WASHINGTON — Transportation stakeholders expecting a comprehensive bill anytime soon could be disappointed as major legislation reauthorizing federal highway and transit programs could be delayed until 2013, sources said last week.

That could mean a diminished long-term flow of transportation bonds backed by federal grants for the municipal market and a greater short-term flow as states react cautiously to the prospect of a more unpredictable environment for highway funding.

“My fear, but also my best guess, is that the administration and Congress will continue to pay for [transportation until 2013] the way they’re doing it now,” said James H. Burnley 4th, legislative and government affairs partner at Venable LLP and former U.S. transportation secretary from 1987 to 1989.

“After the 2012 congressional and presidential elections, it’s a new day,” he said, and anyone who tries to speculate on what those lawmakers would create for a multiyear bill “is on a fool’s errand.”

Congress has already approved a 15-month delay in legislation to revamp the national transportation system and provide enough money to execute the plans. The last multiyear transportation law expired Sept. 30, 2009, and lawmakers opted to keep programs afloat through extensions.

Only one bill, by House Transportation Committee chairman James L. Oberstar, D-Minn., has been put forward. This is an encore of the 2005 reauthorization, which Congress took two years to approve.

But this time around, Congress is expected to do more than simply reauthorize federally funded, state-run transportation programs. It is expected to confront the reality of funding shortfalls, caused partly by declines in the fuel tax revenues that are funneled to states by the federal government.

Industry sources speculate that Congress’ best option to pay for the next highway bill is to raise the existing fuel taxes. But that is a political non-starter in this election year, sources said.

So the highway bill could be pushed into 2011, at which point fiscal conservatives may control Congress, and President Obama may still be opposed to raising any tax. That combination could block the most likely route to a fully funded transportation overhaul until after the 2012 presidential election.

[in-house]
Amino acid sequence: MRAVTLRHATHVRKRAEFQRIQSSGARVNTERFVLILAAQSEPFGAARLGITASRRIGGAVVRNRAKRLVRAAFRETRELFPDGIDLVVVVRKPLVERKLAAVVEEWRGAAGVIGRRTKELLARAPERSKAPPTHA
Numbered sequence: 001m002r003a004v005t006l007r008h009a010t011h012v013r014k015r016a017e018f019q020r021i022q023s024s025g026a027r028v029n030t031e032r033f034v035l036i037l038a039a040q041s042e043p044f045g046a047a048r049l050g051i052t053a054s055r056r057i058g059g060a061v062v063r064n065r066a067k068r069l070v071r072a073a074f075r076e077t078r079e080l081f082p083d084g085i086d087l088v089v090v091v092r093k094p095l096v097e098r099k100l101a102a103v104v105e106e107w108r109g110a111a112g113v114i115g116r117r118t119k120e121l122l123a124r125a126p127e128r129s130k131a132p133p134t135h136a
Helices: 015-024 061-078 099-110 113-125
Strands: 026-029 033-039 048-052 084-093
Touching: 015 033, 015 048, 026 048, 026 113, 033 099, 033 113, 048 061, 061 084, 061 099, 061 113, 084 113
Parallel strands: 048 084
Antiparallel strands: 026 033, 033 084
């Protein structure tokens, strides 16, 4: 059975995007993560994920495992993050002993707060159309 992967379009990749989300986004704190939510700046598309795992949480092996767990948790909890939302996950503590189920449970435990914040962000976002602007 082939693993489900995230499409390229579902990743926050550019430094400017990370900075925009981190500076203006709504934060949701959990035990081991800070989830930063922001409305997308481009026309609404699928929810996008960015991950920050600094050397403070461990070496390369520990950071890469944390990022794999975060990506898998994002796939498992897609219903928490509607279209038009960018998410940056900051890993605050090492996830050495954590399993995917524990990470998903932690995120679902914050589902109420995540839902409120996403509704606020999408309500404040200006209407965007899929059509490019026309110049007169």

The best hope for a multiyear transportation bill is for Congress to take action early next year, according to sources.

 The Senate and House would both need to approve legislation by Memorial Day next year, then work out any differences between their proposals during the summer.

“In terms of the legislative world, time’s a-wastin’,” said one transportation lobbyist, noting that four separate committees in the Senate and two in the House have jurisdiction over a multiyear bill. “The real question also will be, is the president engaged in the issue?” Signs from the administration indicate that he is not, the lobbyist said.

“I think everybody acknowledges things are going to change in November,” and that key House and Senate committees could have new chairmen, noted one industry expert. “The scenario for the next year or two sure looks like a series of extensions.”

If the next Congress fails to agree on a multiyear transportation bill, that could push the issue into 2013, when there is the potential not only for new members of Congress but also for a new presidential administration.

“By 2013, we’re going to be in a very different world,” a lobbyist said. “All bets are off.”

But there are other, more optimistic, schools of thought on the potential for a massive highway bill before 2013.

The anti-tax, anti-deficit atmosphere could be overpowered by a desire to revive the economy, accelerating the push for a large-scale infrastructure bill, according to Jack Schenendorf, of counsel at Covington & Burling LLP and vice chairman of a federal commission that was tasked with finding solutions to the transportation funding problem.

“Politicians are going to be under a lot of pressure before 2013 to start taking action to put our fiscal house in order,” he said. “A good, strong infrastructure bill can be very helpful in bringing about economic growth. … That could change the picture between now and 2013.”

But while Congress dithers on transportation, states will continue needing to draw cash from the highway trust fund. The current infusion of Treasury funds to supplement fuel taxes is expected to last through next fall.

When those funds run out, Congress could initiate another general-fund transfer to keep the account solvent until a new authorization can be approved.

That presents another potential problem. Sources said that repeated Treasury transfers have eroded the justification for a “firewall” that protects highway trust fund dollars from going into a pot with other funds that are subject to annual appropriations.

One lobbyist worried that “there’s a very real possibility that the trust fund disappears” if Congress fails to approve a new transportation bill before the current Treasury fund infusion is exhausted.

“Concrete doesn’t compete well against kids and sick people,” said Pete Rahn, senior vice president at HNTB and former director of the Missouri Department of Transportation, referring to the possibility of transportation being up against health care and education appropriations each year.

The firewall allows states to plan years ahead for projects and issuance of grant anticipation revenue vehicles secured by federal grants.

If the trust fund firewall disappeared and highway grants were decided year-by-year, states could still make their Garvee payments, Rahn said.

“Whether the states would continue to issue debt based on the federal program could go either way. States could either stop issuing Garvee bonds,” Rahn said. Or they could issue more of them to “bridge their programs” until 2013, when highway funds could stabilize.

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